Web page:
Heart Care Specialized for Women
For years, heart disease was commonly thought to affect men more frequently than women. Today, however, the condition is recognized as the nation’s leading cause of death for women – claiming nearly one in every five female deaths in the US. Even so, less than half of women recognize heart disease as the single greatest threat to their health, according to a survey published by the American Heart Association.
What’s even scarier, because many women overlook the importance of their heart health, they delay getting an early diagnosis and treatment. This means that women experience more advanced stages of heart disease that are often more severe and can be more challenging to overcome long term.
That’s exactly why Georgia Heart Institute created the Women’s Heart Center – to help women feel comfortable and supported while receiving whole-person care that lasts a lifetime.
Cardiovascular Diseases Related to Pregnancy
While conditions that develop during pregnancy often resolve after delivery, they can impact heart health long term and increase the risk of developing heart disease in the future.
- Gestational Diabetes: This is a specific type of diabetes – a condition that affects how your body and cells use sugar – that’s diagnosed during pregnancy. Even after delivery, gestational diabetes can increase the risk of developing type 2 diabetes, as well as making the development of calcium in the heart arteries more likely.
- Peripartum Cardiomyopathy: During the final month of pregnancy, or following delivery, some women may develop cardiomyopathy, a condition in which the heart muscle becomes weakened temporarily and pumps blood less effectively. This particular form of cardiomyopathy typically resolves within a matter of weeks and many patients will regain full heart function.
- Preeclampsia: This is condition that can develop during pregnancy that causes high blood pressure and strain on the body’s organs, namely the liver and kidneys. This condition can be extremely serious, taking a toll on overall health even after delivery. Having preeclampsia increases a woman’s risk of having high blood pressure, blood clots and heart attack later in life.
- Hypertensive Disorders: There are different levels of hypertension (high blood pressure) that can develop during pregnancy, with preeclampsia being one of the more severe. Women may also experience gestational hypertension or chronic hypertension, both of which increase the likelihood of having hypertension long term.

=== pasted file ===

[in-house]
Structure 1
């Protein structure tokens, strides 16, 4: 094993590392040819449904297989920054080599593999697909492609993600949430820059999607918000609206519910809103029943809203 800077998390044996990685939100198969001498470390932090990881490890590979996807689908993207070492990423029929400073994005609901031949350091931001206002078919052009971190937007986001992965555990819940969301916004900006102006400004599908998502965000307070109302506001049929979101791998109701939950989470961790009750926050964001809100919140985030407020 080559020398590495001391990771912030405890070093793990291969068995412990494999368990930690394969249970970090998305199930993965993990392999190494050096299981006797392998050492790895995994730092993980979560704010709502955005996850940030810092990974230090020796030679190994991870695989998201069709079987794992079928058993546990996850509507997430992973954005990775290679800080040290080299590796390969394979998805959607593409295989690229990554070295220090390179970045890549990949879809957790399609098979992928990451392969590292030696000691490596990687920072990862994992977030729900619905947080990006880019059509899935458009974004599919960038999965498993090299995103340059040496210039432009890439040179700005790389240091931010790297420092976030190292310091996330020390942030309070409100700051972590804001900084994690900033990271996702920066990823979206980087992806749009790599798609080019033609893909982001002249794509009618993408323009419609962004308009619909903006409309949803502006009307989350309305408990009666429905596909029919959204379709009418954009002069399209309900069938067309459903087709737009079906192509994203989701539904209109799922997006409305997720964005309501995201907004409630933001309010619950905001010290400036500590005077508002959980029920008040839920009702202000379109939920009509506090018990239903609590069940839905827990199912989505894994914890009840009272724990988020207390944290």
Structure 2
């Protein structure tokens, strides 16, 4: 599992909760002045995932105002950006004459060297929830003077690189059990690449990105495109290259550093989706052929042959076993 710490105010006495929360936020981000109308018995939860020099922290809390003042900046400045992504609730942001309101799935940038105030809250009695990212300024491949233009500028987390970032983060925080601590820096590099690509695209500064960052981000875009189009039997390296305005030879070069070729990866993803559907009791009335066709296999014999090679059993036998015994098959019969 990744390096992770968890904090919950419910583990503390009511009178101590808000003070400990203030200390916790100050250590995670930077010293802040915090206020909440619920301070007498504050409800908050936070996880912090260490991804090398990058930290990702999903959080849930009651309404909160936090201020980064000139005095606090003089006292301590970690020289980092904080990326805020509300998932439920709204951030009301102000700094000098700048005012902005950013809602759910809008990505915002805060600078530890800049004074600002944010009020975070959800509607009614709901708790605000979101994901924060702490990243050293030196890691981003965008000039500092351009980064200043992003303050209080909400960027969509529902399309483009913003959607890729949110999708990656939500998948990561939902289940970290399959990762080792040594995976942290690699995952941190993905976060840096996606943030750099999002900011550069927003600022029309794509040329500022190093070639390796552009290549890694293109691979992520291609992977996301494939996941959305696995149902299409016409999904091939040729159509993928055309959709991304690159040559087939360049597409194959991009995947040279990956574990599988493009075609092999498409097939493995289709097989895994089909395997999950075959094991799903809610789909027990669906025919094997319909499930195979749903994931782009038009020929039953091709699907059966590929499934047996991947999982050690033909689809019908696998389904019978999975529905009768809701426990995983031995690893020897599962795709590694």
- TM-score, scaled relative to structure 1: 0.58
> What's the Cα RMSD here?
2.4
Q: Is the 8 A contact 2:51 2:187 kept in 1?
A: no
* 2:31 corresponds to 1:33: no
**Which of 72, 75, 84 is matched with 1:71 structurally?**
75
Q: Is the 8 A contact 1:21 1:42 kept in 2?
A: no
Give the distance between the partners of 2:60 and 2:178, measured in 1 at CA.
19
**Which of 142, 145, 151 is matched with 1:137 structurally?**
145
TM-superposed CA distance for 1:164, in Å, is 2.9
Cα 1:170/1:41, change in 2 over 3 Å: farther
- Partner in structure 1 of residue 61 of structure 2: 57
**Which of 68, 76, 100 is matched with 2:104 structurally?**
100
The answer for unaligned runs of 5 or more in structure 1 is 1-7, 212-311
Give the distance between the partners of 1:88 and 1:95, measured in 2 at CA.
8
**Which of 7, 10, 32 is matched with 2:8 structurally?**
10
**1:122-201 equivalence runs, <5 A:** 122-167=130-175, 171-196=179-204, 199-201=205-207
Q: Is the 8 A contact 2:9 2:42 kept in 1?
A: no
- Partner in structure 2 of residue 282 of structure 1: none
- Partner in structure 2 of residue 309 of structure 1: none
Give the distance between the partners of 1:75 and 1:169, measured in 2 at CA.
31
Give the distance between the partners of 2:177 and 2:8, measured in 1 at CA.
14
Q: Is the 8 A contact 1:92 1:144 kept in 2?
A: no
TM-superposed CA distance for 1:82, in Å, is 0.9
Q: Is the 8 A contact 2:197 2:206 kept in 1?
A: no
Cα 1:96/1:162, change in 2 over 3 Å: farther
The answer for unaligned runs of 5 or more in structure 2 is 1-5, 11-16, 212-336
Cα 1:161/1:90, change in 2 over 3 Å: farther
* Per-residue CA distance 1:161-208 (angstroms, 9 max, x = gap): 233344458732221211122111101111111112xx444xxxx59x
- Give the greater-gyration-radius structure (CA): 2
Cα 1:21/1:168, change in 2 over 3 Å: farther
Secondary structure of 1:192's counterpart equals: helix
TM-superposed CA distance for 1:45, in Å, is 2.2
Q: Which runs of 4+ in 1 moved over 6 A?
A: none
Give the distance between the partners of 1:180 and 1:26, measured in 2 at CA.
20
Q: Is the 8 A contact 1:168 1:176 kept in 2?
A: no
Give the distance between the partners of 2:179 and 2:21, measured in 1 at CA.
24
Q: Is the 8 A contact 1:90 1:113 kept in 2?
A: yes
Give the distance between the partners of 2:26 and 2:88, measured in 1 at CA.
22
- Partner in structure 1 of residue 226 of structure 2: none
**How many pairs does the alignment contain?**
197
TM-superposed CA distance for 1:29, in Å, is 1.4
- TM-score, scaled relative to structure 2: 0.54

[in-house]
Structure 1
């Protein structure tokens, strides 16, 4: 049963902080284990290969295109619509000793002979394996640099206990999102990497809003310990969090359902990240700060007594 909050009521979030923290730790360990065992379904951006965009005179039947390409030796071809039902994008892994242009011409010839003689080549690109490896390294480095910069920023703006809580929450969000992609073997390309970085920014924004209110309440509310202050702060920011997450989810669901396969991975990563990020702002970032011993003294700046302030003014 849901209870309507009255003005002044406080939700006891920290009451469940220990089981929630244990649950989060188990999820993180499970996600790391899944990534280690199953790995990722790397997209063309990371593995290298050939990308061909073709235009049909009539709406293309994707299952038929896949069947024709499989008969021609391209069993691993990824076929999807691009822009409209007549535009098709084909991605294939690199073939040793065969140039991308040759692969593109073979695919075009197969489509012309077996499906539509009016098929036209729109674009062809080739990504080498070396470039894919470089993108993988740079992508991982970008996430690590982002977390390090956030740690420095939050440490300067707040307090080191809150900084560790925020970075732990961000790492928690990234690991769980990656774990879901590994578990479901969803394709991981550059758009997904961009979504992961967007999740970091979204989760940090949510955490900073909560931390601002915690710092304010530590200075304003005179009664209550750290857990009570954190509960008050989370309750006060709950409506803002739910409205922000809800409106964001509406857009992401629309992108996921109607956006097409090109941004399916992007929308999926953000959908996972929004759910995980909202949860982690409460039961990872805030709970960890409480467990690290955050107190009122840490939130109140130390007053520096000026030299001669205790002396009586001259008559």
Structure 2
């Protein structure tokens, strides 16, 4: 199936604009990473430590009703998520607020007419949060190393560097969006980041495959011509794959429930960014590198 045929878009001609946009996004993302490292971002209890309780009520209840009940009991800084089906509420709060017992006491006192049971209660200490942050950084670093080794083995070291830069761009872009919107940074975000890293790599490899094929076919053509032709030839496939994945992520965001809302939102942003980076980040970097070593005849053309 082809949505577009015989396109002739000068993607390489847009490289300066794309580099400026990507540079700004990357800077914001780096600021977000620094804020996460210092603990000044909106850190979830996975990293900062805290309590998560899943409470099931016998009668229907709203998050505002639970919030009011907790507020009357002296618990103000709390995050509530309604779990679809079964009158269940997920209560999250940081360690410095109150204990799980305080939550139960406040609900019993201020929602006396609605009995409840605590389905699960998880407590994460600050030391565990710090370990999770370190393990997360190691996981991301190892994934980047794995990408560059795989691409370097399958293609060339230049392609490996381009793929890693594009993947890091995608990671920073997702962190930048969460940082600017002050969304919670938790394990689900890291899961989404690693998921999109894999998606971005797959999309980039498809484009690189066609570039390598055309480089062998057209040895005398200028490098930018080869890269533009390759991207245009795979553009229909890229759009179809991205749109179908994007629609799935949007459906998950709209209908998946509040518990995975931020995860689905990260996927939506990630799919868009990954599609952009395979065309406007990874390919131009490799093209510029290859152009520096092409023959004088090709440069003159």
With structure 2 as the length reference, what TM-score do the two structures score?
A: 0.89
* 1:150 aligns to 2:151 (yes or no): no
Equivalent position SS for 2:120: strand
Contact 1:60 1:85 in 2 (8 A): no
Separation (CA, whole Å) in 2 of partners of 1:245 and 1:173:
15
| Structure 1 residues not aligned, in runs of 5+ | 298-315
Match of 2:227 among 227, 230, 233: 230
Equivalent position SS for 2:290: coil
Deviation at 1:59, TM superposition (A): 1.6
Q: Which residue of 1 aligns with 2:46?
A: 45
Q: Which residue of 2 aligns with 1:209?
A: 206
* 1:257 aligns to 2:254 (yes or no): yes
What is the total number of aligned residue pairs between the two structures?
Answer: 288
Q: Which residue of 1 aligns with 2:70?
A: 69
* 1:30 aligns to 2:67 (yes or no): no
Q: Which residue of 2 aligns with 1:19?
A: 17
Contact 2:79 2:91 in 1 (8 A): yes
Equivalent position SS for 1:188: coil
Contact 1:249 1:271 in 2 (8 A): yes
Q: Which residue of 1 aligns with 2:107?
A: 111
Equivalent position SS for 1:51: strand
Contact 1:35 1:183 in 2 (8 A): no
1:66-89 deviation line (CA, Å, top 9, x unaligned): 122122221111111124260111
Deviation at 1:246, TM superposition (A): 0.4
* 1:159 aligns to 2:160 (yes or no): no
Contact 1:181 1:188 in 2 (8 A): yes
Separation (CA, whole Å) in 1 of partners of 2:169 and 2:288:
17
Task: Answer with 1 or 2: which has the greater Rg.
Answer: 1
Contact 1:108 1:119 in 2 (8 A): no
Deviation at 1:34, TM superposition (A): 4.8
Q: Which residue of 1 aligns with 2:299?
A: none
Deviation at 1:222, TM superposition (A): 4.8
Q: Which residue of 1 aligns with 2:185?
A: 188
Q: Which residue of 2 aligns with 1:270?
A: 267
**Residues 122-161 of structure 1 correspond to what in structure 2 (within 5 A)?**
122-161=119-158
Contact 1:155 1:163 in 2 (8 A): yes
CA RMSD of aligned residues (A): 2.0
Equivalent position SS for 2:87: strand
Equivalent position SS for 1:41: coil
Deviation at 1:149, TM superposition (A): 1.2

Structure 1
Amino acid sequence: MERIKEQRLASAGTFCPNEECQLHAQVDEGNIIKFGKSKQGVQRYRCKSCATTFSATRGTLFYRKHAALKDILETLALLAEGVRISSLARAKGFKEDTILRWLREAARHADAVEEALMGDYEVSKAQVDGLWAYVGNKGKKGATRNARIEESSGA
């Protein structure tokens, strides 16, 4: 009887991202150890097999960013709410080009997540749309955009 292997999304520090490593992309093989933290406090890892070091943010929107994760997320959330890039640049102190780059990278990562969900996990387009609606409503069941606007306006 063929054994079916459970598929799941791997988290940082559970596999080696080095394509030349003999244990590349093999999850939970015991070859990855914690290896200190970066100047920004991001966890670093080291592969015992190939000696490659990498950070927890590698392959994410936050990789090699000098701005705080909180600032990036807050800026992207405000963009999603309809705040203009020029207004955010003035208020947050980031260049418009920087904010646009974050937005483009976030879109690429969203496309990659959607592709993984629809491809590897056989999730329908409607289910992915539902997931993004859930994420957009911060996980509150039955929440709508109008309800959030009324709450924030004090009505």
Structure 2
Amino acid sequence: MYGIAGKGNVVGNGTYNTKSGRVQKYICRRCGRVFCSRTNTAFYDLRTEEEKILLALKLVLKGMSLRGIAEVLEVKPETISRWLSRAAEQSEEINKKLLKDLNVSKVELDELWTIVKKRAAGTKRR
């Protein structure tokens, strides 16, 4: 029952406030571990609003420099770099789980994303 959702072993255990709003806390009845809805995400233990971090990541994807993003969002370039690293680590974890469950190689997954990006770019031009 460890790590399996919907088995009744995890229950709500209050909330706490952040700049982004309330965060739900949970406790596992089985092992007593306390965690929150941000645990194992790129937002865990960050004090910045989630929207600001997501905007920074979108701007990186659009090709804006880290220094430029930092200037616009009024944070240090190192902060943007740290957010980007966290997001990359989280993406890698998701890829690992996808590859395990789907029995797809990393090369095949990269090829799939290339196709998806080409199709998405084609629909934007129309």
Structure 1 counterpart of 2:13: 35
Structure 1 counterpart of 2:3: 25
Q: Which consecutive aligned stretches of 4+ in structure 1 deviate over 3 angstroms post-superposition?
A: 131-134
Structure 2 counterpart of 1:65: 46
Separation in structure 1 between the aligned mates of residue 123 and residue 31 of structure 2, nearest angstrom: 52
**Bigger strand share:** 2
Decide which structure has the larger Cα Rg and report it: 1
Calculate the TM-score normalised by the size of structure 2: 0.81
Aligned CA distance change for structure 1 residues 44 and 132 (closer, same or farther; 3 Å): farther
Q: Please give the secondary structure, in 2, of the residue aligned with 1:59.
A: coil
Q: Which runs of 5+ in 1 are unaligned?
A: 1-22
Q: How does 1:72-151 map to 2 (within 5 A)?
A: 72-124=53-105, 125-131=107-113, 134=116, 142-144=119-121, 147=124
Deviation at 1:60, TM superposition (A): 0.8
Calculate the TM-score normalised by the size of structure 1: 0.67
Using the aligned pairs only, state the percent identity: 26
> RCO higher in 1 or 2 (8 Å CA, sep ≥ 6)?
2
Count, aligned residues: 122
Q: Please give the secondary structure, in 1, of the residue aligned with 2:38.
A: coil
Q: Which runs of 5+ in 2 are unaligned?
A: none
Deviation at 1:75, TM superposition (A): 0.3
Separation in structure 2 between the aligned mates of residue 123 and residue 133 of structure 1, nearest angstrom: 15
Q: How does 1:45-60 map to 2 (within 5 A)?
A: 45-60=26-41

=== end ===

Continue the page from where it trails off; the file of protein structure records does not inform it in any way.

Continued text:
Conditions We Treat
While the same types of heart disease may affect both men and women, there are certain factors that change how diseases present in women, including whether or not they cause symptoms and how they progress. Additionally, there are some conditions that are completely unique to women or are more common in women, these include:
When there is plaque build-up in the blood vessels that supply the heart with blood, this is known as coronary artery disease. In some cases, plaque build-up, spasm, or dysfunction may affect smaller blood vessels, rather than the larger, primary coronary arteries. This condition known as coronary microvascular disease (CMD) cannot be diagnosed by a standard heart catheterization or coronary angiogram and requires advanced microvascular testing.
Overtime, plaque causes the vessels to become narrowed and stiff – a condition called atherosclerosis. As plaque and atherosclerosis reach more advanced stages, they can decrease blood flow and lead to chest pain, also known as angina.
Cancer treatments, while life-saving, can take a surprising toll on the entire body, including the heart. The most common heart condition patients may develop while undergoing cancer treatment, or afterward, is heart failure – when the heart can’t pump enough blood to meet the needs of the body.
Cancer treatments can also cause low blood pressure (hypotension), high blood pressure (hypertension), heart rhythm disorders (arrhythmias) and structural heart diseases.
Ongoing research has found that the hormone, estrogen, has a positive impact on heart health, specifically supporting the strength and flexibility of blood vessels, improving blood flow. However, once women go through menopause, estrogen levels naturally decrease, which may contribute to the development of plaque in the arteries, along with high blood pressure and high cholesterol.